Edward had few allies at this time. One of them was, surprisingly, his cousin the earl of Lancaster (Lincoln’s son-in-law) who would later become his greatest enemy, and another their cousin the earl of Richmond, who was politically insignificant. Others were: Roger Mortimer (yes, that Roger Mortimer), Hugh Despenser the Elder, John, Lord Hastings, Edward’s former tutor Guy Ferre, William Latimer, John Haudlo, John Cromwell, and John de Sulleye – a few lords and knights who were no match for the grand opposition to Edward and Piers, who were supported to some extent by Edward’s powerful father-in-law the king of France.
To cut a very long story short, Edward agreed to exile Piers on 18 May; it had taken him many weeks to give in, and he had little choice, as he was facing civil war. The Vita said “the seditious quarrel between the lord king and the barons spread far and wide through England, and the whole land was much desolated by such a tumult…The king had his towns and castles munitioned and repaired, and the magnates on their part did likewise…it was held for certain that the quarrel once begun could not be settled without great destruction.” A letter written around this time agreed: “very evil are the times in England now; and there are many who fear that worse times are still in store for us.” (Ironically, the letter was written by Walter Stapeldon, bishop-elect of Exeter, murdered by a mob in 1326 for his loyalty to Edward II.)
The day after Edward finally agreed to the exile, the archbishop of Canterbury threatened to exile Piers if he didn’t leave the country by 25 June. Piers’ young wife Margaret de Clare was not included in the exile – she was the granddaughter of the old king and the sister of the earl of Gloucester, and nobody intended her any harm or insult – but she accompanied Piers abroad anyway, according to the Lanercost chronicle and the Annals of Dublin. This hardly suggests that their marriage was a disaster or that she hated Piers.
Piers was stripped of the lands he held as earl of Cornwall, though he was allowed to keep the title, an empty gesture probably insisted on by Edward II. A few days after Edward agreed to the exile, he granted Piers £2000 worth of lands in his homeland of Gascony, and another £2000 of English lands to Piers and his wife Margaret jointly – so Piers did not suffer from any loss of income. Edward also gave him a gift of 1180 marks, about 786 pounds, a truly enormous sum.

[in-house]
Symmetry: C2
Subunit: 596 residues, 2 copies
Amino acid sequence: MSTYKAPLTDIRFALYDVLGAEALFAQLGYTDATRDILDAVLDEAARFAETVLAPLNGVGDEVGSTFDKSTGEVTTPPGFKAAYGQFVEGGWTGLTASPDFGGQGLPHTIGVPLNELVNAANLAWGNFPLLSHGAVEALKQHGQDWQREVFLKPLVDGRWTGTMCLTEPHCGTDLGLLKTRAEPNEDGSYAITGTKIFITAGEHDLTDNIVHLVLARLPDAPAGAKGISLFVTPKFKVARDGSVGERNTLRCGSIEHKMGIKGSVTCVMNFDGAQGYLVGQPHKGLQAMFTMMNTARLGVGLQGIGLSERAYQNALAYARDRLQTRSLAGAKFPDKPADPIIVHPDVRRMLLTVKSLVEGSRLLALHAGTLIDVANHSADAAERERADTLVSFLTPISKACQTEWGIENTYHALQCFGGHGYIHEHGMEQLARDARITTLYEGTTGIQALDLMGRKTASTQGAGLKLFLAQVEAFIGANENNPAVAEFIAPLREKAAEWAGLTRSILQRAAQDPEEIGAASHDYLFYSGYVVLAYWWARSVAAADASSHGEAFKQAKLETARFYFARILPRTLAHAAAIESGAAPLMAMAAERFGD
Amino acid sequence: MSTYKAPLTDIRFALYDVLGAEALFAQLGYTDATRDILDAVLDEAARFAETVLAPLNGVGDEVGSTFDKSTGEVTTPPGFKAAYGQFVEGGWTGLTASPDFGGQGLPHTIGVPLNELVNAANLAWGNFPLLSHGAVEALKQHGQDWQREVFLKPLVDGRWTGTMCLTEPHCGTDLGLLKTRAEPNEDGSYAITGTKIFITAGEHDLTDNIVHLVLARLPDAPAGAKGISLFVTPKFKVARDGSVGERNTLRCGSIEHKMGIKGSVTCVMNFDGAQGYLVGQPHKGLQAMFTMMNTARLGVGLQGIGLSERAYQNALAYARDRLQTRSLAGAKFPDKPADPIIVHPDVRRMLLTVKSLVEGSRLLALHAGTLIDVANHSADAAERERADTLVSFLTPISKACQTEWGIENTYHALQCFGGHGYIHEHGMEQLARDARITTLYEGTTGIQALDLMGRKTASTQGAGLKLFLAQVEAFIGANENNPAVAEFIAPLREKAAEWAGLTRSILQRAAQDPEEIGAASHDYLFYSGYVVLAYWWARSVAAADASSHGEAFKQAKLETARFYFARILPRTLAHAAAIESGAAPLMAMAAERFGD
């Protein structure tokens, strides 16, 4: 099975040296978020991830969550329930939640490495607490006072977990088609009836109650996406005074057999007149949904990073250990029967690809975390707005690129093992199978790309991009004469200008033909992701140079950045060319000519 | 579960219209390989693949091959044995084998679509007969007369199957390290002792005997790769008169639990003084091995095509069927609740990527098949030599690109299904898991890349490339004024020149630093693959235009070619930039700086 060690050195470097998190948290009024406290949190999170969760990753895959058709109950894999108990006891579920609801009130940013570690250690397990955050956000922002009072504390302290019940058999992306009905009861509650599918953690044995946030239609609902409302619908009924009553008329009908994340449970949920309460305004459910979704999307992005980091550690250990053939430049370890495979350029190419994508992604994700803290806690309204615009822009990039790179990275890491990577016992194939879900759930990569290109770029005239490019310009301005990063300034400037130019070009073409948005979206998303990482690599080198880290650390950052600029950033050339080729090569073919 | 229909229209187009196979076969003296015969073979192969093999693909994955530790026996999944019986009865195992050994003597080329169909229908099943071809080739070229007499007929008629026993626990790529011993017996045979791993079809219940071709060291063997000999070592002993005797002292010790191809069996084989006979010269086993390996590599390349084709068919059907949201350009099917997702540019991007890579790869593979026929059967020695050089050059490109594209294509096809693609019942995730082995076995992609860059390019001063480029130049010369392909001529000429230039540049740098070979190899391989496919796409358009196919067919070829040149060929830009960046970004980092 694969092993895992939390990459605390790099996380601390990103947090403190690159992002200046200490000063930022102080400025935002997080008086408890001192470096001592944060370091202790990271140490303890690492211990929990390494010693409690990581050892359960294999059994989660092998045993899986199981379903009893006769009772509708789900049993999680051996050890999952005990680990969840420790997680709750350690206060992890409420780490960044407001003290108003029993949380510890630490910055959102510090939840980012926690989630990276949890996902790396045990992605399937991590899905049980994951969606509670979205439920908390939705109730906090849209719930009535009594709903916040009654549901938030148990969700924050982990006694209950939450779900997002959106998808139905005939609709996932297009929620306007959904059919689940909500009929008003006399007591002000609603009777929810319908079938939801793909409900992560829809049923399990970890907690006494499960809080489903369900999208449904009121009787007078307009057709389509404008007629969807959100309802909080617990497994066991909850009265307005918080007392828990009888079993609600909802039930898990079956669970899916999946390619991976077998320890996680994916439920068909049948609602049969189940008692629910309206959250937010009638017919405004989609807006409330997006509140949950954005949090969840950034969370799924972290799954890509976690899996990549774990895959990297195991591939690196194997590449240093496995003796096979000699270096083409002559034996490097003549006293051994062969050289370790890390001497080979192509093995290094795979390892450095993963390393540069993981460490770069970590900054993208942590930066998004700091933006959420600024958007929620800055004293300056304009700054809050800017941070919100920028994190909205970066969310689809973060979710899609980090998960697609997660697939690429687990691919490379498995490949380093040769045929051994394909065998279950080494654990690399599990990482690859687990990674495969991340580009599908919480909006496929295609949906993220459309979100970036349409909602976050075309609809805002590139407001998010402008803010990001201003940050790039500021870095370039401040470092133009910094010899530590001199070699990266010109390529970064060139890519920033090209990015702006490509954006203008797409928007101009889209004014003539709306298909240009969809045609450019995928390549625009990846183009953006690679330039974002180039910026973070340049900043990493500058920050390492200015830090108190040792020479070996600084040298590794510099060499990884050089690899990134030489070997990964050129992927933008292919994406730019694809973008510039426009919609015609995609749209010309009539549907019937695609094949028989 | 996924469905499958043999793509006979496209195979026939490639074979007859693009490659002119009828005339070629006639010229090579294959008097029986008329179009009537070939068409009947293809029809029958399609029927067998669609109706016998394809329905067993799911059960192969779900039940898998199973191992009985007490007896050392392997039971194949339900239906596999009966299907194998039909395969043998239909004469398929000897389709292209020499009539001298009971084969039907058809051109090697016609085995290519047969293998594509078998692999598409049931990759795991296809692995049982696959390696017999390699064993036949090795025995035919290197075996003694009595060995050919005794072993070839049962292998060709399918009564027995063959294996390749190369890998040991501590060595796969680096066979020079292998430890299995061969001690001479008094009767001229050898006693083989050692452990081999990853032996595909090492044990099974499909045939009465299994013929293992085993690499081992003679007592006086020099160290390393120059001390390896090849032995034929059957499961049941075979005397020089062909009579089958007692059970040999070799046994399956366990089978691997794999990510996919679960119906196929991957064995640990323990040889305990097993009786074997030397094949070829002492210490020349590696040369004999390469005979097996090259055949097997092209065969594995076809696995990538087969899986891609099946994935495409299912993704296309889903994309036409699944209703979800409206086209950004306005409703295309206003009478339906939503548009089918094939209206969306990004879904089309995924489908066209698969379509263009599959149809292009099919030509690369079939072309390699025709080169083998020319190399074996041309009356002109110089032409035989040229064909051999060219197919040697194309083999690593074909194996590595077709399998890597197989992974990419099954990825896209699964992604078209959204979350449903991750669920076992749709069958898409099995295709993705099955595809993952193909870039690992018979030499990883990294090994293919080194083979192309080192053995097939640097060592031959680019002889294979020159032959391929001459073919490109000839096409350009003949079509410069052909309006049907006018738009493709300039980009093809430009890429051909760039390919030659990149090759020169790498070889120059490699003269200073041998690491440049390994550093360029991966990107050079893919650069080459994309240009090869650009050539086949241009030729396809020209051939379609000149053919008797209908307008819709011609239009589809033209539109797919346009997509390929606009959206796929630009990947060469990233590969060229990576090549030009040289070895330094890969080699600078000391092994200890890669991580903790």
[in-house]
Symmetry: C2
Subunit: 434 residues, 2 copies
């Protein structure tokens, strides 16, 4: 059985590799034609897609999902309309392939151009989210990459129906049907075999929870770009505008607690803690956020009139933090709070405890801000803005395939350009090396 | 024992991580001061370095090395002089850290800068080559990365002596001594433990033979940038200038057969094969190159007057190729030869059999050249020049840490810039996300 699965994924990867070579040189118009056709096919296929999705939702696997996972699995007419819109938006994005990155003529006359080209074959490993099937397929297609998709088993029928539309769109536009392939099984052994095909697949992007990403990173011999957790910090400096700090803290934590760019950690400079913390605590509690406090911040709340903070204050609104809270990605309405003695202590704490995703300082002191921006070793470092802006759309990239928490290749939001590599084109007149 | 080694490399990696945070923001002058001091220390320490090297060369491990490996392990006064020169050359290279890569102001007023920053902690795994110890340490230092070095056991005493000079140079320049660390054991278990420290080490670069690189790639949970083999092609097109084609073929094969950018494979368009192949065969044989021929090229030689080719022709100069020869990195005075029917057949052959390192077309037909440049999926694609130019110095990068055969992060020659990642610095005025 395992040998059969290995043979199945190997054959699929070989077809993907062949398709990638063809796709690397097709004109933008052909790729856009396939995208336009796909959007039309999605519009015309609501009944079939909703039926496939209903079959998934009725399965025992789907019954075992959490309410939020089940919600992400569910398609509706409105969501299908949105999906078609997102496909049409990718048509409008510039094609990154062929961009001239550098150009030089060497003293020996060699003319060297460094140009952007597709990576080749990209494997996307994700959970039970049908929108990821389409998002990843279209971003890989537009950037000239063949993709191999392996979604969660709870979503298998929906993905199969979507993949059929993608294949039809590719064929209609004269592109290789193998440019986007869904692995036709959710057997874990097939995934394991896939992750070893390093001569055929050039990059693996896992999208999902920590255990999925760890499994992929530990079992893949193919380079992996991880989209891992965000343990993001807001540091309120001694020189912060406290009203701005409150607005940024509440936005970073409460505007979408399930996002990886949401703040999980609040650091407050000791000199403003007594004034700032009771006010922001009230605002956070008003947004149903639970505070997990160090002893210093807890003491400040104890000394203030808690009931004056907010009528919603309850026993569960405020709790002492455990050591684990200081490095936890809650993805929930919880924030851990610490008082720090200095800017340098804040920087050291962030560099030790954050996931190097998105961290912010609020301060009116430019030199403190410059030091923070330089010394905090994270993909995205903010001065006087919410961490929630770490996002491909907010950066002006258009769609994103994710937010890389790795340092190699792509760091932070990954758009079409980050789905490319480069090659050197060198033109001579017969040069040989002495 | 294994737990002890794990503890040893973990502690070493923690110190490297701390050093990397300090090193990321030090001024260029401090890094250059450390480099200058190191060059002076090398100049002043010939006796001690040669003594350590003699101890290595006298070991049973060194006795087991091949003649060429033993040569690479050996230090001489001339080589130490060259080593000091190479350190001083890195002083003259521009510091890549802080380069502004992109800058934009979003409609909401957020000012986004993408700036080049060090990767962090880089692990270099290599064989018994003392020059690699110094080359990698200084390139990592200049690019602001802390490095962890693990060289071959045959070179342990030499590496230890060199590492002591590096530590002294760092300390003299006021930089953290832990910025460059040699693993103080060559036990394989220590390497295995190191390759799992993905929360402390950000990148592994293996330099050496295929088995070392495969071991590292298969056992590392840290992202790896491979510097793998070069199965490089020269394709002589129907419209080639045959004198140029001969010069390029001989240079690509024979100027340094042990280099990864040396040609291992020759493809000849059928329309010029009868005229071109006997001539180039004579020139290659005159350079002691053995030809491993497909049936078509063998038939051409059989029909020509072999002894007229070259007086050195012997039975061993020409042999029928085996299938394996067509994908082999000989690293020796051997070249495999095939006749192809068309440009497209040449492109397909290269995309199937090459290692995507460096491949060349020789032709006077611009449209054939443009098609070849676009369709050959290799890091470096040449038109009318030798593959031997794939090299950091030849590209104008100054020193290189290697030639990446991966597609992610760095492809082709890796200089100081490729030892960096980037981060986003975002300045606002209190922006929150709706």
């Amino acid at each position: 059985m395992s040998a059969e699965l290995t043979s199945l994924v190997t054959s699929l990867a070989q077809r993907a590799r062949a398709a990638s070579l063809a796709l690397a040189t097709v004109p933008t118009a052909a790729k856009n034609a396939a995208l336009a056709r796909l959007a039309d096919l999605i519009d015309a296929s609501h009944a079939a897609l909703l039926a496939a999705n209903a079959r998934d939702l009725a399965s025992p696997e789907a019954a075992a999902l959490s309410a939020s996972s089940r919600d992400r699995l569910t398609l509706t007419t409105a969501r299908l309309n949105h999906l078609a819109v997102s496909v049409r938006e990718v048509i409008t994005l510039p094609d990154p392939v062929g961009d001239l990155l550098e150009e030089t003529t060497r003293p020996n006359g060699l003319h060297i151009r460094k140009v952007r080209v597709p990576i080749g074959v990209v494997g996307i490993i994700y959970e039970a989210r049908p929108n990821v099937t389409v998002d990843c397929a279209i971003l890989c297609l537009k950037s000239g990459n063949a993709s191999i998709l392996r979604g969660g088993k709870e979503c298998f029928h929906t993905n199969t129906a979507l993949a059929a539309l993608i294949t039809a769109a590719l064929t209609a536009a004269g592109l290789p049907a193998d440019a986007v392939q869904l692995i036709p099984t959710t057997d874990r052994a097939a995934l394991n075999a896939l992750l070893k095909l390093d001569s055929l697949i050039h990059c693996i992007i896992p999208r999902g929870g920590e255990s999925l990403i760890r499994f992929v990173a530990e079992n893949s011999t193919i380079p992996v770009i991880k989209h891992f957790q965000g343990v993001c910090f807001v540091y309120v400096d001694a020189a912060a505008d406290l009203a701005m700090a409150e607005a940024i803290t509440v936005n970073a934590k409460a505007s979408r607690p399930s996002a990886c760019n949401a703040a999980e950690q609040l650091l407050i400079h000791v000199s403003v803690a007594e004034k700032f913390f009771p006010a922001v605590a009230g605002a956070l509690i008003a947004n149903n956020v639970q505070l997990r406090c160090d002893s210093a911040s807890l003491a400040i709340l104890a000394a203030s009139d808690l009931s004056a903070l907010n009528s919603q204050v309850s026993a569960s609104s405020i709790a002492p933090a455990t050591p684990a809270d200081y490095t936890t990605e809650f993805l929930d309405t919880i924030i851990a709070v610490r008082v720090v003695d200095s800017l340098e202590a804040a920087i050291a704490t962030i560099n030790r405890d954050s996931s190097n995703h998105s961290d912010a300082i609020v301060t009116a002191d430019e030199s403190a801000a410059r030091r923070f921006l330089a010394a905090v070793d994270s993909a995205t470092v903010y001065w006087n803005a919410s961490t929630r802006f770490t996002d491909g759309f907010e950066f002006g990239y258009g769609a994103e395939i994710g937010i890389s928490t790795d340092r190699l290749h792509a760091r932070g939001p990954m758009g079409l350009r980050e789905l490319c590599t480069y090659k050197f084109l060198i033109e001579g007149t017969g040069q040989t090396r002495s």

On 16 June, Edward hit on the idea of making Piers Lord Lieutenant of Ireland, having given the title to the earl of Ulster only the day before. Edward went to Bristol with Piers and Margaret to see them off to Ireland; they sailed on 28 June, three days late.
Even before Piers’ departure, Edward was exerting himself to get the exile overturned. On 16 June, he granted the castle of Blanquefort in Gascony to the Pope’s nephew and namesake Bertrand de Got, candidly explaining that he hoped the grant would encourage the Pope to look on Edward’s affairs, i.e., Piers Gaveston, more favourably. It took a while, but a few months later, Pope Clement agreed to nullify the archbishop of Canterbury’s threat to excommunicate Piers.
Edward spent the next few months schmoozing his earls and barons, granting them lands, favours, positions and money: “he bent one after another to his will, with gifts, promises and blandishments” (Vita). One by one, he brought then back to his side, to the disgust of the Vita: “See how often and abruptly great men change their sides…The love of magnates is as a game of dice.” Labouring under the delusion that Edward and Piers would change their behaviour if Piers returned, the earl of Lincoln – formerly their most determined opponent – even persuaded some of the other earls to accept Piers’ return.
Piers Gaveston came back to England on or about 27 June 1309, a year almost to the day since he’d left, having done a pretty good job as Lieutenant of Ireland. On 5 August 1309, at parliament in Stamford, the lands of his earldom were restored to him. Secure in Edward’s favour and in the knowledge that the king had spent a year trying to bring him back, and therefore adored him as hopelessly as ever, Piers became ever more arrogant, and gave the earls insulting nicknames.
He and Edward then proceeded to demonstrate that neither of them had learned a damn thing from the experience, and that they did not have a molecule of political sense between them. Actually, that’s not quite true. Edward’s actions in 1308 and 1309 demonstrate clearly how astute, cunning and energetic he could be when he chose. But most of the time, he chose not to be. He couldn’t be bothered unless his friends and therefore his personal feelings were involved, which must have been intensely frustrating to his contemporaries. If he had used his undoubted talents to, you know, actually govern his kingdom and to fight in Scotland, he could have been a great king.
As it was, events led inexorably to Piers’ third and final exile, in November 1311, and ultimately, Edward’s passion for and obsession with Piers led to his friend’s destruction…